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Essential Submissions Tips: How to Write a Synopsis | IFW

The entire submissions process can be challenging but writing a synopsis that encompasses the work you’ve written can be one of the most intimidating steps while also being one of the most important. One essential skill for submissions is learning how to write a synopsis. You have to hone the ability to speak clearly and engagingly about your work. You have to help someone see the heart and purpose of the work you are offering. You have to do it in a clear and engaging way. And you have to do it in very few words. The first step to doing this well is understanding exactly what things the synopsis must contain. So, what’s an editor or agent looking for in your synopsis?

Meet the Character

Character is at the core of every story so it is an important part of learning how to write a synopsis. But you won’t want to include every character. You’ll need to focus on the character (or couple of characters) who drive the action of the story. If the editor or agent can’t tell who is driving the story action from your brief synopsis, that is a huge problem. How To Write a SynopsisIf you include characters but don’t make it plain how they are the driving force of your story, the editor or agent is likely to worry that your story is going to be slight. So meeting the character is all about revealing something strong and specific about the character mixed with something active. For example: When ten-year-old Oliver Green moves with his family to Moon Harbor, he is sure he will die of boredom in this sleepy town, but he soon discovers Moon Harbor has a secret, one the town will do anything to keep hidden. Notice how we get a sense of both the situation and the character here. Character without situation doesn’t allow us a strong enough impression. We now know Oliver’s name, his age, and his attitude about a recent move, but we also immediately find out this story is about change. All strong stories are about change, so including that in the synopsis makes the story stronger.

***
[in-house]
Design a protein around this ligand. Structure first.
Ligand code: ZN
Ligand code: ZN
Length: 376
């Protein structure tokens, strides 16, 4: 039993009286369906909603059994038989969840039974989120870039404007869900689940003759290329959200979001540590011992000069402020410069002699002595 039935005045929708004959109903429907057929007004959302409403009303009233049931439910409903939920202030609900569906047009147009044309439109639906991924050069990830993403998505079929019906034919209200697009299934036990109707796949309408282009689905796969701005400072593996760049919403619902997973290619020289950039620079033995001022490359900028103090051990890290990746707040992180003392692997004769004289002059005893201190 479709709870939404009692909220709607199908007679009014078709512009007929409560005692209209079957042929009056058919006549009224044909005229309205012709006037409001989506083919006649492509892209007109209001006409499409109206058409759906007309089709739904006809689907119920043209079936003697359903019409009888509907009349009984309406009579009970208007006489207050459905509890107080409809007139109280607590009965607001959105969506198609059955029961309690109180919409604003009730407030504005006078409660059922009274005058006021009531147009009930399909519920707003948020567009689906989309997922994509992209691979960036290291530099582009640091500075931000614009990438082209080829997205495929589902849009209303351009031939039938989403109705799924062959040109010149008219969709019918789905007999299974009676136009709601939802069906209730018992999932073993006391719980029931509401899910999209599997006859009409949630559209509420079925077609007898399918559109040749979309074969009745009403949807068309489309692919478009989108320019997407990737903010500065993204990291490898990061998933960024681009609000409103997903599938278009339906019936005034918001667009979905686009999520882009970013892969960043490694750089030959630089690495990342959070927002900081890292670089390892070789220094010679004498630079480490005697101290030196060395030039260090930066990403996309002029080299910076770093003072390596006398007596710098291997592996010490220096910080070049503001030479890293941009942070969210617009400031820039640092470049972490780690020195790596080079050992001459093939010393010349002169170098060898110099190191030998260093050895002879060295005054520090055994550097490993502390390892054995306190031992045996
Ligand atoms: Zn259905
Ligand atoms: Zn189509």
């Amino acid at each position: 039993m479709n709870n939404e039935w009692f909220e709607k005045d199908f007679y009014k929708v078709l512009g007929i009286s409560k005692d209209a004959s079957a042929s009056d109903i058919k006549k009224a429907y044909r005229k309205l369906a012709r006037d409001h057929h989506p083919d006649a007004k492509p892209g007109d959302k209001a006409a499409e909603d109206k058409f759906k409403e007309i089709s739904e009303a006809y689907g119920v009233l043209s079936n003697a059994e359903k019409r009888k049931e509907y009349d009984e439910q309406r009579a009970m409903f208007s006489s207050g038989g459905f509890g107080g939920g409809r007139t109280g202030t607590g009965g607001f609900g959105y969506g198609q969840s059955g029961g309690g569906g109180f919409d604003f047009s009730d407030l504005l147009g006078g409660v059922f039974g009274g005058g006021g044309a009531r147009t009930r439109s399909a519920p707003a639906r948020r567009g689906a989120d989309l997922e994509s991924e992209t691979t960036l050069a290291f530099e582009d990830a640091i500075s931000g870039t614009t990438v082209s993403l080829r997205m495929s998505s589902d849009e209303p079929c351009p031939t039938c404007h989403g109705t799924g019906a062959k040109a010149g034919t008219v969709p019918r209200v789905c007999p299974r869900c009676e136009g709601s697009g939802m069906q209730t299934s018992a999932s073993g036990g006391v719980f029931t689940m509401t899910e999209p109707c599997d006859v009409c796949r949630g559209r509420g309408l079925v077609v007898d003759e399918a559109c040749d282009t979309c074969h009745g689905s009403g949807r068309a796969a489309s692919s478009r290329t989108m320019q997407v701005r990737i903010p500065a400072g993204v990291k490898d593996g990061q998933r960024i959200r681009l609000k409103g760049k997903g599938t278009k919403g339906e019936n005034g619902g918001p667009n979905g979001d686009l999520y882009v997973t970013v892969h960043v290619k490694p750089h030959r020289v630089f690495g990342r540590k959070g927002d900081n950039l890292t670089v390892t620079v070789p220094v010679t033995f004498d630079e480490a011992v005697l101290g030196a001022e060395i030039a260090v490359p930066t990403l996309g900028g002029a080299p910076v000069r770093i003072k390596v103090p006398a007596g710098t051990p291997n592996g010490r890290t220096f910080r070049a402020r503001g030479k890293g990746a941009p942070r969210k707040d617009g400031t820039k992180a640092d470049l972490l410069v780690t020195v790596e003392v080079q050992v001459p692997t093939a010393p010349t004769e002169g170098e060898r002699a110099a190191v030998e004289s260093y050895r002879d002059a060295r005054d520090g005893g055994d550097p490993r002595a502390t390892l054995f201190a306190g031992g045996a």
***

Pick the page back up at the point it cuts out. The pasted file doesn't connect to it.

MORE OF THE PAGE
Get Them Busy

Purposeful action in a synopsis is as important as a quick, clear revelation of character. In the example about Oliver, we get two hints at action in the verbs “moves” and “discovers.” But we’ll need more if we’re going to convince an editor that this story will have the kind of action that a young readers wants. And young readers very much want action. So maybe something like this comes next in the synopsis: Oliver hears howls in the night and finds deep scratches on trees. His father dismisses his discoveries saying Oliver needs to get used to living in the country. But when Oliver spots a group of running figures outside his room on a full moon, and one of the figures turns to peer at him through glowing eyes, he knows exactly what’s happened. His family has moved to a town full of werewolves. What is Oliver going to do to keep himself and his family safe? This further bit of synopsis lets us know that Oliver isn’t one of those kids who skip doing the most logical step: telling an adult. He tells, but he’s not taken seriously. Young readers can relate to that. This piece of the synopsis helps us recognize the stakes. Something must always be at stake or the main character won’t be forced into action. Here the stakes couldn’t be higher. His family has moved to a town of werewolves, and his father, the person he would normally trust to protect them, isn’t taking the threat seriously. So it’s going to be up to Oliver. This sense of the high stakes at play help make the action feel more important and more interesting. And it’s done with very few words. That’s going to be essential to writing any synopsis. Notice how this synopsis sample uses clear, strong verbs (moves, discovers, hears, dismisses, spots, turns) and quick, clear visuals (scratches on trees, howls in the night, full moon, running figures, glowing eyes). These kinds of strong sentences with quick, clear details help give the synopsis interest and energy. Notice also that we already have conflict in the synopsis. We have the conflict between Oliver and his father, and potential future conflict when Oliver sees the werewolves and one of them sees him. Conflict is the energy that fuels plot, so make sure your synopsis displays what your character will be going head-to-head within the story. Conflict doesn’t have to have some big single villain. Conflicts can include inner conflicts, conflicts with family, and conflicts with nature. The need is to have something that is in the way of the character’s success, and to identify that in the synopsis.